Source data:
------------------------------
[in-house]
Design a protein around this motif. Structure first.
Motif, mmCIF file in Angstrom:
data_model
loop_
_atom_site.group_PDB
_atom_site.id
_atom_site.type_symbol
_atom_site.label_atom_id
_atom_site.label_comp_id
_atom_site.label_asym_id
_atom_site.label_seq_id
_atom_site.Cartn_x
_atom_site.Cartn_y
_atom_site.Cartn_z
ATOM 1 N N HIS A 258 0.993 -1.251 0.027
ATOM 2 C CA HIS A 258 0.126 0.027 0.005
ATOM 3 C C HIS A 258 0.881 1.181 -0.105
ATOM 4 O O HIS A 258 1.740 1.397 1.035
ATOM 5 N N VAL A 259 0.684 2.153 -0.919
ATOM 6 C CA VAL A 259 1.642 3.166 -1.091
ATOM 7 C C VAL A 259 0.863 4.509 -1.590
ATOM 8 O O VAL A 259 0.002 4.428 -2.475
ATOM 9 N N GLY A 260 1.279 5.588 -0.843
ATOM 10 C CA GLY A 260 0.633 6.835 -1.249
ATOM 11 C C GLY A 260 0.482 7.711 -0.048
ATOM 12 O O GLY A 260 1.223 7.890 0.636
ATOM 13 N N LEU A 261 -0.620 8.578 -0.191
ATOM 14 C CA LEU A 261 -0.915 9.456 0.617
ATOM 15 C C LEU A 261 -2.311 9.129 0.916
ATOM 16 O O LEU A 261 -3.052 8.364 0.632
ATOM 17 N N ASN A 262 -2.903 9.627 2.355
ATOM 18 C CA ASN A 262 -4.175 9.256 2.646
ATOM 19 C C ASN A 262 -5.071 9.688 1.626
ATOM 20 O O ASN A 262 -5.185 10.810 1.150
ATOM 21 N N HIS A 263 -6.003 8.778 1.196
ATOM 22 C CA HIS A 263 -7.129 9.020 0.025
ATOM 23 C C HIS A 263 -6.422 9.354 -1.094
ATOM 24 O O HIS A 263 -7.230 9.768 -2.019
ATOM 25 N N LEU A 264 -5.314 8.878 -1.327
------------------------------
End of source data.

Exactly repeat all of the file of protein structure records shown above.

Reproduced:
[in-house]
Design a protein around this motif. Structure first.
Motif, mmCIF file in Angstrom:
data_model
loop_
_atom_site.group_PDB
_atom_site.id
_atom_site.type_symbol
_atom_site.label_atom_id
_atom_site.label_comp_id
_atom_site.label_asym_id
_atom_site.label_seq_id
_atom_site.Cartn_x
_atom_site.Cartn_y
_atom_site.Cartn_z
ATOM 1 N N HIS A 258 0.993 -1.251 0.027
ATOM 2 C CA HIS A 258 0.126 0.027 0.005
ATOM 3 C C HIS A 258 0.881 1.181 -0.105
ATOM 4 O O HIS A 258 1.740 1.397 1.035
ATOM 5 N N VAL A 259 0.684 2.153 -0.919
ATOM 6 C CA VAL A 259 1.642 3.166 -1.091
ATOM 7 C C VAL A 259 0.863 4.509 -1.590
ATOM 8 O O VAL A 259 0.002 4.428 -2.475
ATOM 9 N N GLY A 260 1.279 5.588 -0.843
ATOM 10 C CA GLY A 260 0.633 6.835 -1.249
ATOM 11 C C GLY A 260 0.482 7.711 -0.048
ATOM 12 O O GLY A 260 1.223 7.890 0.636
ATOM 13 N N LEU A 261 -0.620 8.578 -0.191
ATOM 14 C CA LEU A 261 -0.915 9.456 0.617
ATOM 15 C C LEU A 261 -2.311 9.129 0.916
ATOM 16 O O LEU A 261 -3.052 8.364 0.632
ATOM 17 N N ASN A 262 -2.903 9.627 2.355
ATOM 18 C CA ASN A 262 -4.175 9.256 2.646
ATOM 19 C C ASN A 262 -5.071 9.688 1.626
ATOM 20 O O ASN A 262 -5.185 10.810 1.150
ATOM 21 N N HIS A 263 -6.003 8.778 1.196
ATOM 22 C CA HIS A 263 -7.129 9.020 0.025
ATOM 23 C C HIS A 263 -6.422 9.354 -1.094
ATOM 24 O O HIS A 263 -7.230 9.768 -2.019
ATOM 25 N N LEU A 264 -5.314 8.878 -1.327